How dare you and I say how unbowed we are? What do we know about pain and terror?  Many parents would not even identify their own children’s bodies because they were disfigured while others will have to live with a traumatized child without an idea of what they can do end the misery. How many of the victims have contemplated suicide maybe that would stop the nightmares they have in broad day light? Do we still think Kenya is Unbowed?

Let’s not forget that the terrorists had families too. They were born and nurtured by a mother and father somewhere. They grew up within a family of brothers and sisters who will forever suffer for the selfish actions of their siblings. Their parents are hurting too. We all probably think it’s their fault that their children turned out to be terrorist but they too are in as much pain probably even more because the flesh of their flesh went against everything they sacrificed for them to take innocent lives. They too need comforting and validation that it’s not their fault. Imagine what the look on people’s eyes and their whispers are doing the terrorists families? No one is telling their story, they too are victims but do we think they are unbowed?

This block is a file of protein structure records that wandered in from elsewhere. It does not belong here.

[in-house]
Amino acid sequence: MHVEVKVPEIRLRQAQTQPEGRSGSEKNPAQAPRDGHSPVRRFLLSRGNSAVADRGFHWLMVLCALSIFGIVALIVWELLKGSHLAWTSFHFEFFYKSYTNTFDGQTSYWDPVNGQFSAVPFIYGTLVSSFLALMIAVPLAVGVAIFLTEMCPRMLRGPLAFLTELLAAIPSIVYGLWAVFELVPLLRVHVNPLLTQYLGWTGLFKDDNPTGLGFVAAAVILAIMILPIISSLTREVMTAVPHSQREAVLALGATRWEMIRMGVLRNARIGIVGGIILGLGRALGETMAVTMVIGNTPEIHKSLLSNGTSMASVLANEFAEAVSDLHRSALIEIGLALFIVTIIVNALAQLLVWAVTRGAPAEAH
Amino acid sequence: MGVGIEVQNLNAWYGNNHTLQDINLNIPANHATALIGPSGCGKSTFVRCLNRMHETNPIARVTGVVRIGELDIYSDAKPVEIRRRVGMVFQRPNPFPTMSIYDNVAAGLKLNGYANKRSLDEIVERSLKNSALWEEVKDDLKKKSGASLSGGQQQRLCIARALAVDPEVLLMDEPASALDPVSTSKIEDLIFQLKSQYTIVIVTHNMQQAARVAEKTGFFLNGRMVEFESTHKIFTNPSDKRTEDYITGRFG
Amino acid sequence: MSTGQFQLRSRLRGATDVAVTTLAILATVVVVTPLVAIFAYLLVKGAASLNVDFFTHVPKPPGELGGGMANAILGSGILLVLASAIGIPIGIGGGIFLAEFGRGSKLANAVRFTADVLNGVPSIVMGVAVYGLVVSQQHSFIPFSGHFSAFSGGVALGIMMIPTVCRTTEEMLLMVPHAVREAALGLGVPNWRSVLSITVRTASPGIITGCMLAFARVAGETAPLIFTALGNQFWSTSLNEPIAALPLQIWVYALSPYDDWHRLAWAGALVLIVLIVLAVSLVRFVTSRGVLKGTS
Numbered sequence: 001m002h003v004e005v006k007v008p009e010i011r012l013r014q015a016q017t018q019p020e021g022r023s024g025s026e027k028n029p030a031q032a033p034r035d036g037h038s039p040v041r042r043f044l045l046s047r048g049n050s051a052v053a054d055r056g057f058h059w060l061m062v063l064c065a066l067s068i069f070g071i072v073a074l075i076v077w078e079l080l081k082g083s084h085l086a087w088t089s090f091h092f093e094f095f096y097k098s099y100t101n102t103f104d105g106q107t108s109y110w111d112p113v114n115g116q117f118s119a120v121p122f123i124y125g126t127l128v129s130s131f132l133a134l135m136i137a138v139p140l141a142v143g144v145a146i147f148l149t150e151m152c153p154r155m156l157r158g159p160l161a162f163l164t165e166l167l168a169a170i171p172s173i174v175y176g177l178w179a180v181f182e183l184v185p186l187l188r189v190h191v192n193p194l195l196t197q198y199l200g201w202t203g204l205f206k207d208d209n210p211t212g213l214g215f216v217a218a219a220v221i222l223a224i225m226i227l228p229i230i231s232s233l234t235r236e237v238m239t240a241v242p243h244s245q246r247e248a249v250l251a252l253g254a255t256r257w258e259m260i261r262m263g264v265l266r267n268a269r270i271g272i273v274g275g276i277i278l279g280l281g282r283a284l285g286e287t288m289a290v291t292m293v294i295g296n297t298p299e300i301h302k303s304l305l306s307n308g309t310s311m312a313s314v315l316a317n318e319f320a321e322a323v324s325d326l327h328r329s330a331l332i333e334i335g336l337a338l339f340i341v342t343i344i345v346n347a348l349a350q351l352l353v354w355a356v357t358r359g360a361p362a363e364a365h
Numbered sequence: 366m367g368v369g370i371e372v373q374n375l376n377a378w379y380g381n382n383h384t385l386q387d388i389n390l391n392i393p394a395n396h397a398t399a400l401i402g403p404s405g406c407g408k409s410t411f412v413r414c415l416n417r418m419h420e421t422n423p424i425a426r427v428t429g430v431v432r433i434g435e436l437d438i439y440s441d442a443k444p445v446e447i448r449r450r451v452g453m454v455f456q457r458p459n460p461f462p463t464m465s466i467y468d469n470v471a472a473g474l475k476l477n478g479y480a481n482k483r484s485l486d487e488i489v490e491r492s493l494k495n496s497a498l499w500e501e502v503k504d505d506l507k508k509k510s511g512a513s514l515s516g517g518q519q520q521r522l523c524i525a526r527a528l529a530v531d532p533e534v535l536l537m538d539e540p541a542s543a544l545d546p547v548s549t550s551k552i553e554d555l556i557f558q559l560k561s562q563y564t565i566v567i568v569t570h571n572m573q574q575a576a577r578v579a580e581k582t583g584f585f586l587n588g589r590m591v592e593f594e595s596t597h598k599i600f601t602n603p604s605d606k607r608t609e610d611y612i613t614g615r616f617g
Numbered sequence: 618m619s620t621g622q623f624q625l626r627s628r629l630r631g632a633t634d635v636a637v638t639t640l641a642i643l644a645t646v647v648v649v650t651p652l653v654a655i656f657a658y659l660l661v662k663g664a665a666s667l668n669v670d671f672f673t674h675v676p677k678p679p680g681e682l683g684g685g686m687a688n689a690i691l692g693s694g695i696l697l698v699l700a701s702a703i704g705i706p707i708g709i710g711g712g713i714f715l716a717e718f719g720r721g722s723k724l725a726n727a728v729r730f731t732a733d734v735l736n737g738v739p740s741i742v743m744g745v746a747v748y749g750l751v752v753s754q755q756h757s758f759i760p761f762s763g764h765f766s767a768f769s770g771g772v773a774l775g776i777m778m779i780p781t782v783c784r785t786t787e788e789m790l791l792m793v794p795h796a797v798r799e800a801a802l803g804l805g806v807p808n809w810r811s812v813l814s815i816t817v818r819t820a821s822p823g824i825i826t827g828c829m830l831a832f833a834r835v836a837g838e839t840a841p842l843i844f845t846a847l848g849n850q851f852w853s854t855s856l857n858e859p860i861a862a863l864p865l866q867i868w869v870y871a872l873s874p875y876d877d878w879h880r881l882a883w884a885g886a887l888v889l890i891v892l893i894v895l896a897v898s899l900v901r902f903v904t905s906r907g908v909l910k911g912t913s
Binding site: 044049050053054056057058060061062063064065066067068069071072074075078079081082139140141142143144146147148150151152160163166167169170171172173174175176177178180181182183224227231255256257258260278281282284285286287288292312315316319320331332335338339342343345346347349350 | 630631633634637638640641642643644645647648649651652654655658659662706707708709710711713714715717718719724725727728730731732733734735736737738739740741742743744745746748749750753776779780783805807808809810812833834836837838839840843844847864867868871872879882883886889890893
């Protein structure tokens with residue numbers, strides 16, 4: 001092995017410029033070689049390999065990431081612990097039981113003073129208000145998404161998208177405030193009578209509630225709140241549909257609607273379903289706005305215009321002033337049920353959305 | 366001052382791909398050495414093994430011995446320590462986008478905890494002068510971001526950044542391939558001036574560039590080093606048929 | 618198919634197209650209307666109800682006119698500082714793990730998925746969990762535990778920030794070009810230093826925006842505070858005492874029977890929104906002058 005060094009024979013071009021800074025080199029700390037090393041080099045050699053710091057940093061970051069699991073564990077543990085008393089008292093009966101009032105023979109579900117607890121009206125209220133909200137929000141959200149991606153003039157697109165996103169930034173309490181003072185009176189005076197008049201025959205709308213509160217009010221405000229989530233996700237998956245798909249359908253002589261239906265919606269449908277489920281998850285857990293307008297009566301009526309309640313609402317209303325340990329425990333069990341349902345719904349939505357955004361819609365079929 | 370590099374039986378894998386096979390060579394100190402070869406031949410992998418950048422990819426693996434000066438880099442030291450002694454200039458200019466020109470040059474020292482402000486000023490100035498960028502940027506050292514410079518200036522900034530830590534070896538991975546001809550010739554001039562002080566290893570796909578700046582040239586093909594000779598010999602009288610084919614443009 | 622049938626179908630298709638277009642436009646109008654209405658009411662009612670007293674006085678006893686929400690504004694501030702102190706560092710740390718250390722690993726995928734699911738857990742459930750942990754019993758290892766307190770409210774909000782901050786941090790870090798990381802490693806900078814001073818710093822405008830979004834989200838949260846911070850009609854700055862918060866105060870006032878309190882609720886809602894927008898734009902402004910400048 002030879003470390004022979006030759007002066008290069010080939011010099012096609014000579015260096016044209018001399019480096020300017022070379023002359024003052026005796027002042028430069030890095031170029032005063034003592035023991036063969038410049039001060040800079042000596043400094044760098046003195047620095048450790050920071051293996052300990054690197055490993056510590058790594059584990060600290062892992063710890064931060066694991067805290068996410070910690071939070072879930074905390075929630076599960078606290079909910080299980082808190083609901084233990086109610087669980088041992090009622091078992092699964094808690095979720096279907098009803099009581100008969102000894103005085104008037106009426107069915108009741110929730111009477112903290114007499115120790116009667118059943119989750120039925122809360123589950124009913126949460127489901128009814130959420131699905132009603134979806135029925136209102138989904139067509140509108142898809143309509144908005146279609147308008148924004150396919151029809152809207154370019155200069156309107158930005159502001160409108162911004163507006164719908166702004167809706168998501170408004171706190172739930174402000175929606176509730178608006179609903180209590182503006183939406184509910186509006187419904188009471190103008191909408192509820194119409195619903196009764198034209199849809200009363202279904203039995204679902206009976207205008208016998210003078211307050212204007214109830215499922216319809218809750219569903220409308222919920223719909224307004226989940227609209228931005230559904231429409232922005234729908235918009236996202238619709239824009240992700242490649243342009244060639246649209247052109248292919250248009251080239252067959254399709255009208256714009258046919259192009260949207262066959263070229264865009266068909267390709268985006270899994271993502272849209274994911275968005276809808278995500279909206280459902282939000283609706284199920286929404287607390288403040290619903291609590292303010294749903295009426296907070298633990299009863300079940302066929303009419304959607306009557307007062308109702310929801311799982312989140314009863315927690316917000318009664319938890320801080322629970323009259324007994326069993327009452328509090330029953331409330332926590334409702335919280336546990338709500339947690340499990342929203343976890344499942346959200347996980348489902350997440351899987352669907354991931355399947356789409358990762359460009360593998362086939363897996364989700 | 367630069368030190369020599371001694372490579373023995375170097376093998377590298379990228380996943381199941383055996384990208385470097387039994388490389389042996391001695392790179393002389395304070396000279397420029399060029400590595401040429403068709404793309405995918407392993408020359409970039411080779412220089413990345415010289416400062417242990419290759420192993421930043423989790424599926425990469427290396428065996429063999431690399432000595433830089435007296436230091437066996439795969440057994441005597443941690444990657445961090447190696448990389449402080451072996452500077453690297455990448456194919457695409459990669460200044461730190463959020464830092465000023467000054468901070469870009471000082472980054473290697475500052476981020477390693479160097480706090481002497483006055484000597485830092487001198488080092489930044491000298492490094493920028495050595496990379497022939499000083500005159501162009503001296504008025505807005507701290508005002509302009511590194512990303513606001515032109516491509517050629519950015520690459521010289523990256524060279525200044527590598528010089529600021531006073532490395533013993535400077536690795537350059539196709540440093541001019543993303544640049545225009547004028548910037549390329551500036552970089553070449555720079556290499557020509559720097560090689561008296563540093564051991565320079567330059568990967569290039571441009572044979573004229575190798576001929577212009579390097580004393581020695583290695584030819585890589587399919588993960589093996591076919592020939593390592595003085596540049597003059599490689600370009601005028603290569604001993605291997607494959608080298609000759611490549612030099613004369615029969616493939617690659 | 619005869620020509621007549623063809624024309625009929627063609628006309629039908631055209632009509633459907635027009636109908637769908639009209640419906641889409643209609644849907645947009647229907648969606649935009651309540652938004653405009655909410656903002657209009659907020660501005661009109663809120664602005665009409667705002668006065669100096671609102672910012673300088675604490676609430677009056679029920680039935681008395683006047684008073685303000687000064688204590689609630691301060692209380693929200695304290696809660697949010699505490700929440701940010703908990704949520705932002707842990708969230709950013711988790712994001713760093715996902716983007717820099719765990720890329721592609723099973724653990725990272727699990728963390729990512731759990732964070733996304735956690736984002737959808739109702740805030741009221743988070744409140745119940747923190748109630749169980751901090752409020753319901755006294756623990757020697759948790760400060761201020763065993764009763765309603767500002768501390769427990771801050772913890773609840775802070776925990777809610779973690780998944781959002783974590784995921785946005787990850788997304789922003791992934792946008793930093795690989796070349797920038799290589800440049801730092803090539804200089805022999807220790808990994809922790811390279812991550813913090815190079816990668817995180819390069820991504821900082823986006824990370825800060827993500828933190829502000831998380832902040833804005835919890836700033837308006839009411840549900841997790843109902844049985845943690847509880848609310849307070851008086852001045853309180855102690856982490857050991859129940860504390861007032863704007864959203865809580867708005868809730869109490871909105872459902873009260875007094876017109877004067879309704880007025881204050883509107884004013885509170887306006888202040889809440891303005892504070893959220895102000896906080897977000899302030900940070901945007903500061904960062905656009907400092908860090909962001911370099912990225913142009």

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Photo Courtesy of http://www.behance.net

What about the leadership of the country? Are they unbowed? I am sure our leaders are all too familiar with the security situation in the country but none of them ever thought it would cost the country so much. Neither did you and I. We are a nation in pain. A nation with so many questions. A helpless nation not hopeless but helpless. Helpless that we cannot turn back the hands of time and save the young lives that we lost that morning. Helpless that no matter what we say or do even though important, will never bring back the lost lives. Nothing we can ever offer compares to the loss these families experienced. The lives of the survivors will never be the same again. They will forever bear wounds and scars that only eternity can heal, if it is meant to.

So dear brothers and sisters, we are not unbowed. Far from it. We are crippled by pain and questions. We are on our knees. Our hearts are full of anger, hate and we cry for vengeance. We are bowed. But just for now. Tomorrow beckons. Even though we are wounded and have lost so much, tomorrow brings hope. This hope however needs not to be a false sense of calm. This hope should be a promise to our country that never again will we (citizens and the government alike) leave our posts unattended. This hope dictates that You and I become vigilant to secure our own future by securing our country.

We are bowed. Yet we rise. We rise.

Edited by Wanjiku Kimaru